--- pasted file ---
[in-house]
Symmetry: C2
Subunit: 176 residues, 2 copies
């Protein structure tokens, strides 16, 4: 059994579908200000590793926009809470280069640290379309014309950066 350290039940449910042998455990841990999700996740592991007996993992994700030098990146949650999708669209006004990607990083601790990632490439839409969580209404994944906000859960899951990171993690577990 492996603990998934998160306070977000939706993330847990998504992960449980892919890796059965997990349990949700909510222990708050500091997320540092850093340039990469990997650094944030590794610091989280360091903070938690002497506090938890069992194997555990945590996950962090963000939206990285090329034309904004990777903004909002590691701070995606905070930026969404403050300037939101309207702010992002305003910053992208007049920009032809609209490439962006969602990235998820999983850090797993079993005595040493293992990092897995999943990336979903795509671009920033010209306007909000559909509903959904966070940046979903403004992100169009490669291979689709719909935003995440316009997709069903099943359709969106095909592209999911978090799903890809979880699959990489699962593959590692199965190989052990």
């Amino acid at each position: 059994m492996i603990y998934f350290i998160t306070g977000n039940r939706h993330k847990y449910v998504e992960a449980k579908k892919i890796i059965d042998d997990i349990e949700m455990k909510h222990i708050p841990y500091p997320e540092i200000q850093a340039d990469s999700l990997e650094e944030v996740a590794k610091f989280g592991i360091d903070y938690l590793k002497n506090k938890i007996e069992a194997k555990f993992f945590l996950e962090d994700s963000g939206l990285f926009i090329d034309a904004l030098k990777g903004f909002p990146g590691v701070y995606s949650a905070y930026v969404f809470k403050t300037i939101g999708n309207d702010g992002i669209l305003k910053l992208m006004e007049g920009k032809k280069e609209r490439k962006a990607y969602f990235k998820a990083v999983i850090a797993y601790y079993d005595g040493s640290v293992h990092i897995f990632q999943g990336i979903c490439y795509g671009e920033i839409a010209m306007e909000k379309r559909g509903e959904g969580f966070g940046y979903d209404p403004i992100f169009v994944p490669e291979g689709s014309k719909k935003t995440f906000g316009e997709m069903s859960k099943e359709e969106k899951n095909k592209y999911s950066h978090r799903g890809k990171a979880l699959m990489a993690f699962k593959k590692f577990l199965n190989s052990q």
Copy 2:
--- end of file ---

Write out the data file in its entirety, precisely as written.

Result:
[in-house]
Symmetry: C2
Subunit: 176 residues, 2 copies
């Protein structure tokens, strides 16, 4: 059994579908200000590793926009809470280069640290379309014309950066 350290039940449910042998455990841990999700996740592991007996993992994700030098990146949650999708669209006004990607990083601790990632490439839409969580209404994944906000859960899951990171993690577990 492996603990998934998160306070977000939706993330847990998504992960449980892919890796059965997990349990949700909510222990708050500091997320540092850093340039990469990997650094944030590794610091989280360091903070938690002497506090938890069992194997555990945590996950962090963000939206990285090329034309904004990777903004909002590691701070995606905070930026969404403050300037939101309207702010992002305003910053992208007049920009032809609209490439962006969602990235998820999983850090797993079993005595040493293992990092897995999943990336979903795509671009920033010209306007909000559909509903959904966070940046979903403004992100169009490669291979689709719909935003995440316009997709069903099943359709969106095909592209999911978090799903890809979880699959990489699962593959590692199965190989052990």
């Amino acid at each position: 059994m492996i603990y998934f350290i998160t306070g977000n039940r939706h993330k847990y449910v998504e992960a449980k579908k892919i890796i059965d042998d997990i349990e949700m455990k909510h222990i708050p841990y500091p997320e540092i200000q850093a340039d990469s999700l990997e650094e944030v996740a590794k610091f989280g592991i360091d903070y938690l590793k002497n506090k938890i007996e069992a194997k555990f993992f945590l996950e962090d994700s963000g939206l990285f926009i090329d034309a904004l030098k990777g903004f909002p990146g590691v701070y995606s949650a905070y930026v969404f809470k403050t300037i939101g999708n309207d702010g992002i669209l305003k910053l992208m006004e007049g920009k032809k280069e609209r490439k962006a990607y969602f990235k998820a990083v999983i850090a797993y601790y079993d005595g040493s640290v293992h990092i897995f990632q999943g990336i979903c490439y795509g671009e920033i839409a010209m306007e909000k379309r559909g509903e959904g969580f966070g940046y979903d209404p403004i992100f169009v994944p490669e291979g689709s014309k719909k935003t995440f906000g316009e997709m069903s859960k099943e359709e969106k899951n095909k592209y999911s950066h978090r799903g890809k990171a979880l699959m990489a993690f699962k593959k590692f577990l199965n190989s052990q």
Copy 2: